Avner Finberg’s album THE FOUR SEASONS OF ISOLATION is a moving meditation on the COVID-19 pandemic and resulting lockdowns. Finding himself separated from his fellow musicians and beloved concert audiences, Finberg took the opportunity to focus on composition and began writing this large-scale work for solo violin and electronics. Freed from the need for an accompanist, he worked in solitude to develop this musical essay reflecting on his year in isolation.

Today, Avner is our featured artist in “The Inside Story,” a blog series exploring the inner workings and personalities of our composers and performers. Read on to learn about his love for science fiction novels, and the ways in which the COVID-19 pandemic changed him…

Who was your first favorite artist growing up?

I had a record at home of Stravinsky’s Firebird and Mussorgsky’s Night on a Bare Mountain performed by Stokowski and The London Symphony. I listened to it when I was about five years old. It was an incredible album, with rich beautiful sound. Still is!

When did you realize you wanted to be an artist?

It is hard to pinpoint a specific moment, but it must have been while I was enrolled at the Wizo highschool for the Arts in Haifa. We had two full days of music each week, and we learned harmony, counterpoint, improvisation and composition. It was the first time I had an artist community, and many of the graduates of that school went on to become professional musicians.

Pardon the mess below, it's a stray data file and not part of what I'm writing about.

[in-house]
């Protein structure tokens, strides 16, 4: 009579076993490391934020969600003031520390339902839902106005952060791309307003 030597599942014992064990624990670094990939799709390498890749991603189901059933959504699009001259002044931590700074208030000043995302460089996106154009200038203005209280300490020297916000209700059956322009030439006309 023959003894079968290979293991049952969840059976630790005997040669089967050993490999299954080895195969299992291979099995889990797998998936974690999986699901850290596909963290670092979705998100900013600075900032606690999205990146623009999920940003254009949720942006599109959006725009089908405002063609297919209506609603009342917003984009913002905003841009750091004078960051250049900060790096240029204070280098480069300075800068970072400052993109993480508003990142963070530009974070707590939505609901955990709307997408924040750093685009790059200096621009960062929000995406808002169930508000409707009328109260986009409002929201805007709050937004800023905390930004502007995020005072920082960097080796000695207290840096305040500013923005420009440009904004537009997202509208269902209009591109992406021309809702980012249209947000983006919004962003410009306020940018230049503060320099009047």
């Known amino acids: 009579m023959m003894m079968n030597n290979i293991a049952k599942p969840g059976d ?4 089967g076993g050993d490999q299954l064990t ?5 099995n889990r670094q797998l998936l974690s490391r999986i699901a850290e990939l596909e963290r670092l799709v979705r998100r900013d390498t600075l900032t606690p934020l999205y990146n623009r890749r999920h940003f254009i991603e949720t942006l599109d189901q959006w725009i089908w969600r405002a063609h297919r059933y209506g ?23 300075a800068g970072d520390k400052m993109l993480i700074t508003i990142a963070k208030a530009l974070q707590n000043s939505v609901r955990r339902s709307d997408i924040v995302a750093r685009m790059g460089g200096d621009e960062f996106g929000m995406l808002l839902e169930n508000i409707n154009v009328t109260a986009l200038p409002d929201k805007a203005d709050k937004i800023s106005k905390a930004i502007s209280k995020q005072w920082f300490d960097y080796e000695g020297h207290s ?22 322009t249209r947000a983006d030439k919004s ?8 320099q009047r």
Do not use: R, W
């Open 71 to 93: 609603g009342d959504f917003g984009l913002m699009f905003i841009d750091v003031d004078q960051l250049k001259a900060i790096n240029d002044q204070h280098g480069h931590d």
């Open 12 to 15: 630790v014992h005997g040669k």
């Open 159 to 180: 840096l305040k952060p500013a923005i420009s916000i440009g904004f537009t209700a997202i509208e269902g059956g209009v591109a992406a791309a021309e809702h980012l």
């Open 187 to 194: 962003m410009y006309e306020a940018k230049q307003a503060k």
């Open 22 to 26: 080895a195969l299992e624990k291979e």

What is your guilty pleasure?

I have to confess; I am addicted to science fiction novels. I spent most of my winter break reading The Three-Body Problem and The Dark Forest by Xicin Liu. One of my favorite sci-fi novels growing up was Asimov’s The Foundation. In fact, The Visi-Sonor, a hallucination-inducing instrument played by The Mule in Foundation and Empire inspired me to start using electronics as a way of expanding the abilities of the violin.

If you instantly had expertise performing one instrument what instrument would that be?

I always loved the pipe organ, since it can make so many different types of sounds. It’s also one of the least accessible instruments and one of the most difficult to master.

What was your favorite musical moment on the album?

The double fugue at the end of “In Perpetuum,” the last movement of The Four Seasons of Isolation. It is both a departure from everything that happened earlier in the movement, but also a fitting ending to this monumental composition.

What does this album mean to you personally?

Written in real time, this album is a look at and a commentary on how the pandemic changed both myself and the world. Writing The Four Seasons Of Isolation was a way for me to cope and work through a difficult time in my life during the pandemic when I was starting over in a new city with everything shut down and with an infant child. Undergoing this project was a leap of faith, since it was such a complex undertaking, and I was not even sure that I would be able to finish it on time. I think it turned out better than expected, and I hope you will enjoy listening to the finished album.

  • Avner Finberg

    Avner Finberg is an Israeli-American composer and violinist. He studied composition with Ari Ben-Shabtai at The Jerusalem Academy of Music, with Robert Cuckson at The Mannes College, and with Susan Botti at Manhattan School of Music, where he earned a doctorate dfasin composition in 2015.

    Finberg’s music has been described by Steven Stucky as “reined, mature work of impeccable technique, original voice, and considerable ambition.” His musical inspirations stem from his Israeli roots and his current life in the United States, combining without discrimination multiple world music traditions with contemporary and classical music techniques and modern technology.